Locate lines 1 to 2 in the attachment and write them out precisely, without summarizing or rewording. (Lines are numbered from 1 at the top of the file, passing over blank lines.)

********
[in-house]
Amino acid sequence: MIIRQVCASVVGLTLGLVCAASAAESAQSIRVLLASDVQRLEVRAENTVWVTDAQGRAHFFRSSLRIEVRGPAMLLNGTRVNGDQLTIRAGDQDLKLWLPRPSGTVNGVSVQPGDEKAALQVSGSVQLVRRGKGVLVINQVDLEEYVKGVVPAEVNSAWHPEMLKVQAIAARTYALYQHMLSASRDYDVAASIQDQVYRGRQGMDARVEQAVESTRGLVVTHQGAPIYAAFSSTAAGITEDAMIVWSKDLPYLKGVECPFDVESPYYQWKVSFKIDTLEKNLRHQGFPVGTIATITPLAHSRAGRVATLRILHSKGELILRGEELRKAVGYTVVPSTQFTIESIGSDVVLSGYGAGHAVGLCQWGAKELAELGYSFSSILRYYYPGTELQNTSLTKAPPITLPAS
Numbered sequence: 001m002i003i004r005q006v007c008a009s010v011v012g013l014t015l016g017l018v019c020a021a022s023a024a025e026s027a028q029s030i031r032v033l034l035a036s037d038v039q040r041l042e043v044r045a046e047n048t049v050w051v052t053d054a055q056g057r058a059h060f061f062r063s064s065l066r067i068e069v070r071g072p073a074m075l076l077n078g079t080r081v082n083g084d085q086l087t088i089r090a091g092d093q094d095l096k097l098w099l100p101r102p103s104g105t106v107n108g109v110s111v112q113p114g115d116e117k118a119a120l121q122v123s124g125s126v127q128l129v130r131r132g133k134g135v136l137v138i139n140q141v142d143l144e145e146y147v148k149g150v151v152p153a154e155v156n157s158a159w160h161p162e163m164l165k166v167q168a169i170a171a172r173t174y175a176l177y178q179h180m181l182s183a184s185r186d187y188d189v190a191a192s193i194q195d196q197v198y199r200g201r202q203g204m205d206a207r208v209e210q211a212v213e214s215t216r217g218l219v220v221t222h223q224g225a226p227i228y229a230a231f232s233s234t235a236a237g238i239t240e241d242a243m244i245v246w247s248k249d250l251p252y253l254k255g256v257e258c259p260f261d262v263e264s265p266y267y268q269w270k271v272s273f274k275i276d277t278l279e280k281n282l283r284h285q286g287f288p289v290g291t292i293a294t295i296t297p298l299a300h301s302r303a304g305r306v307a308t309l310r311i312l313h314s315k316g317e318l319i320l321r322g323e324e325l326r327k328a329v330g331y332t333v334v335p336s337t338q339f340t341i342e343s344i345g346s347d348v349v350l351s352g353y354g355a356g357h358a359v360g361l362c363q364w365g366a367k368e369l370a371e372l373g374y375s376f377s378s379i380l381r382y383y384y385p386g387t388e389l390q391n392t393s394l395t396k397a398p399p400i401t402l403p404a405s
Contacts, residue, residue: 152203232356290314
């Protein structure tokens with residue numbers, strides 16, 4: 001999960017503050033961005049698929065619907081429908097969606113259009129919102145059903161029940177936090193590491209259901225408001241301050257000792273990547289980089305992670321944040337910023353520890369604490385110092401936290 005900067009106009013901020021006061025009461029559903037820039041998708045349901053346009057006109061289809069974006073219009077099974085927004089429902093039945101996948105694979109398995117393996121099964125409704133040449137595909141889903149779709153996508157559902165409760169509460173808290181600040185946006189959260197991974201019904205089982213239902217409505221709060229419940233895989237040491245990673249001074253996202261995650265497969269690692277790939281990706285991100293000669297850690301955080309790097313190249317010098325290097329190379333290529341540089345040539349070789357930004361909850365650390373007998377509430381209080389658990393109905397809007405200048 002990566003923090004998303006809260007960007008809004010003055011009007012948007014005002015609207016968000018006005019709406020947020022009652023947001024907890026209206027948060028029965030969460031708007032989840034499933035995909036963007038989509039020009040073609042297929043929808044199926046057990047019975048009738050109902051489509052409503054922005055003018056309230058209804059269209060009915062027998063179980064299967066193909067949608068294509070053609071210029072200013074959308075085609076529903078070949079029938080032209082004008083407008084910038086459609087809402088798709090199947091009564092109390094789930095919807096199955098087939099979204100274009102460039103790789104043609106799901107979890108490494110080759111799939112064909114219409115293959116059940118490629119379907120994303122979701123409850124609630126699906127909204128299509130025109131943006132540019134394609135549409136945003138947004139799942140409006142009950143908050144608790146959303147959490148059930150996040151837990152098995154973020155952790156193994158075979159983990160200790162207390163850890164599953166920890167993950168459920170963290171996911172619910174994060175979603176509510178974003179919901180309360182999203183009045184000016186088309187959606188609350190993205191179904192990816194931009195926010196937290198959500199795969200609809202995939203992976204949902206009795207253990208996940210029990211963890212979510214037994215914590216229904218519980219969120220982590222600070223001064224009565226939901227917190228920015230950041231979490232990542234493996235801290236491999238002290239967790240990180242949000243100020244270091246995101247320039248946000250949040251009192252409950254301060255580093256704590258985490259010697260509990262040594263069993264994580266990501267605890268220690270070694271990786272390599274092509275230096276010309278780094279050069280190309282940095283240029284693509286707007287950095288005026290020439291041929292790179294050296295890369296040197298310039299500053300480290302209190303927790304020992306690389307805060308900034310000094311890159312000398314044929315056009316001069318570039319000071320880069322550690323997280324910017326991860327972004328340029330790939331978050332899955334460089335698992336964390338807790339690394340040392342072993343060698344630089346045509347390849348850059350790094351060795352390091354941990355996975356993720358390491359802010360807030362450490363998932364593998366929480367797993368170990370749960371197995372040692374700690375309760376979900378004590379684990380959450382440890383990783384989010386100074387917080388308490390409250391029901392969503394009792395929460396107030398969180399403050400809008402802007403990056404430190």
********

[in-house]
Amino acid sequence: MIIRQVCASVVGLTLGLVCAASAAESAQSIRVLLASDVQRLEVRAENTVWVTDAQGRAHFFRSSLRIEVRGPAMLLNGTRVNGDQLTIRAGDQDLKLWLPRPSGTVNGVSVQPGDEKAALQVSGSVQLVRRGKGVLVINQVDLEEYVKGVVPAEVNSAWHPEMLKVQAIAARTYALYQHMLSASRDYDVAASIQDQVYRGRQGMDARVEQAVESTRGLVVTHQGAPIYAAFSSTAAGITEDAMIVWSKDLPYLKGVECPFDVESPYYQWKVSFKIDTLEKNLRHQGFPVGTIATITPLAHSRAGRVATLRILHSKGELILRGEELRKAVGYTVVPSTQFTIESIGSDVVLSGYGAGHAVGLCQWGAKELAELGYSFSSILRYYYPGTELQNTSLTKAPPITLPAS